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J Psychiatr Res. 2011 Jul;45(7):989-93. doi: 10.1016/j.jpsychires.2011.01.009. Epub 2011 Feb 15.

Acute panicogenic, anxiogenic and dissociative effects of carbon dioxide inhalation in patients with post-traumatic stress disorder (PTSD).

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  • 1Department of Psychiatry and Psychotherapy, University Hospital Hamburg-Eppendorf, Martinistrasse 52, 20246 Hamburg, Germany.



Increased anxiety and panic to inhalation of carbon dioxide (CO(2)) has been described in patients with anxiety disorders, especially panic disorder, compared to healthy subjects. Post-traumatic stress disorder (PTSD) has been hypothesised to resemble panic disorder and is currently classified as an anxiety disorder in DSM-IV. However, there are only very few data available about the sensitivity of patients with PTSD to CO(2).


In 10 patients with PTSD, 10 sex- and age-matched healthy subjects and 8 patients with panic disorder we assessed anxiety, panic, dissociative and PTSD symptoms before and after a single vital capacity inhalation of 35% CO(2).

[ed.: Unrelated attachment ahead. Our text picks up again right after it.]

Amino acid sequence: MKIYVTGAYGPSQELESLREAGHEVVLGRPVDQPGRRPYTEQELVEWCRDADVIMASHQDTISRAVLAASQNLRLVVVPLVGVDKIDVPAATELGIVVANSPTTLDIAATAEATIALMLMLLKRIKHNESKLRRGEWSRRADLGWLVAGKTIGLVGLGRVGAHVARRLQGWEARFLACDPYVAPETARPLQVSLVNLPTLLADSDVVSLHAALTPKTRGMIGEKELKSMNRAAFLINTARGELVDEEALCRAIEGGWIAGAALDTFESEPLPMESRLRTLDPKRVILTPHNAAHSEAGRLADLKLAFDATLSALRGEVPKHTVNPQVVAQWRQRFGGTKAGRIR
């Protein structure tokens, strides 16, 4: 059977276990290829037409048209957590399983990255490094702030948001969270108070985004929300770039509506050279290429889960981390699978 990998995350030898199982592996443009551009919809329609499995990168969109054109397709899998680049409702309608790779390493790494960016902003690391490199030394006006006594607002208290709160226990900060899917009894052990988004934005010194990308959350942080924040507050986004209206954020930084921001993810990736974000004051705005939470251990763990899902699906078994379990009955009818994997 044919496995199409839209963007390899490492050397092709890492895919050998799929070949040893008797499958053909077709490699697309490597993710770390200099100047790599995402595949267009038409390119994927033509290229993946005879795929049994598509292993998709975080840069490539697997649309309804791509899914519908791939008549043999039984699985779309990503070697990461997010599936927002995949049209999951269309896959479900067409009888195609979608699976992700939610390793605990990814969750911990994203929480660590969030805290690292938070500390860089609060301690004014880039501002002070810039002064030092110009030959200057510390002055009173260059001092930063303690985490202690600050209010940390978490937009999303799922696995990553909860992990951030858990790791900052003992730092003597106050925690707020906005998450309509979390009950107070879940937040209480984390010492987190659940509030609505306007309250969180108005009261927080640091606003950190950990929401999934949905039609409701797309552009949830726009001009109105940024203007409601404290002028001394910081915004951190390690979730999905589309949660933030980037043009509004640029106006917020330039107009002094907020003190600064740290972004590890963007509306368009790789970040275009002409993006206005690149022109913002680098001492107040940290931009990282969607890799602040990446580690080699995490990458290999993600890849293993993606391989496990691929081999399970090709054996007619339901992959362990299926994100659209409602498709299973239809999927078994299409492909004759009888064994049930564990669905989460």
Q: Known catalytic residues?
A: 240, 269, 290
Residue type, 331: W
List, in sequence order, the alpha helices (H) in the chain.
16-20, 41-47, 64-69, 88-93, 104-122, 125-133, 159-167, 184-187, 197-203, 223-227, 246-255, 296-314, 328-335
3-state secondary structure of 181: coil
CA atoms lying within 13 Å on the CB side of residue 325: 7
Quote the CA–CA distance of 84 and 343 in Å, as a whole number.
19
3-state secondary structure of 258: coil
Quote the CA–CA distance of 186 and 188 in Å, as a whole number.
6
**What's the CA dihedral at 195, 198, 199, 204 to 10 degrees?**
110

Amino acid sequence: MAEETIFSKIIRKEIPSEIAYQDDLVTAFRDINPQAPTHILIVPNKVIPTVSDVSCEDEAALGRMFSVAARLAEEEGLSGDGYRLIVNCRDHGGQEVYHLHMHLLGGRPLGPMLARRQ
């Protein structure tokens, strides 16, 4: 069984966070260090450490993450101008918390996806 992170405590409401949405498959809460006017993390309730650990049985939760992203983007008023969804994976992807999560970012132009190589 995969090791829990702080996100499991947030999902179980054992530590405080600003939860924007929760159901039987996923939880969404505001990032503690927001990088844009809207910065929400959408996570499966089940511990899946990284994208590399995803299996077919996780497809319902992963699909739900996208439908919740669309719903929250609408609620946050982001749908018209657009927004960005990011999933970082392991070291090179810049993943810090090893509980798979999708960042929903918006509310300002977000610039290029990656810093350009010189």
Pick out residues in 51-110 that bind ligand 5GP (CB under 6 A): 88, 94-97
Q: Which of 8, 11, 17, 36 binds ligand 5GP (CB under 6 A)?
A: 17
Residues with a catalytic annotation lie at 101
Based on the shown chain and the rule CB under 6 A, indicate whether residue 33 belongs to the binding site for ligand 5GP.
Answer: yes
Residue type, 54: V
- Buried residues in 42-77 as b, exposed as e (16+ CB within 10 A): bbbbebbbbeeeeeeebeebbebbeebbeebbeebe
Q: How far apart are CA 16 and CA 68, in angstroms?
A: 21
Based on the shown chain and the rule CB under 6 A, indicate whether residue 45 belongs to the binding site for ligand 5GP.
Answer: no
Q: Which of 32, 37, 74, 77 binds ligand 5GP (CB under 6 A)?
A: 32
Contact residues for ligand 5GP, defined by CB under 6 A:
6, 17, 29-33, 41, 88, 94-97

Patients with PTSD showed an increased anxiety, panic and dissociative reaction to the inhalation of 35% CO(2) compared to healthy participants. PTSD subjects' responses were indistinguishable from those of panic patients. Additionally, PTSD-typical symptoms like post-traumatic flashbacks were provoked in patients with PTSD after the inhalation of CO(2).


In our sample, PTSD was associated with an increased CO(2) reactivity, pointing to an increased susceptibility of PTSD patients to CO(2) challenge.

Copyright © 2011 Elsevier Ltd. All rights reserved.

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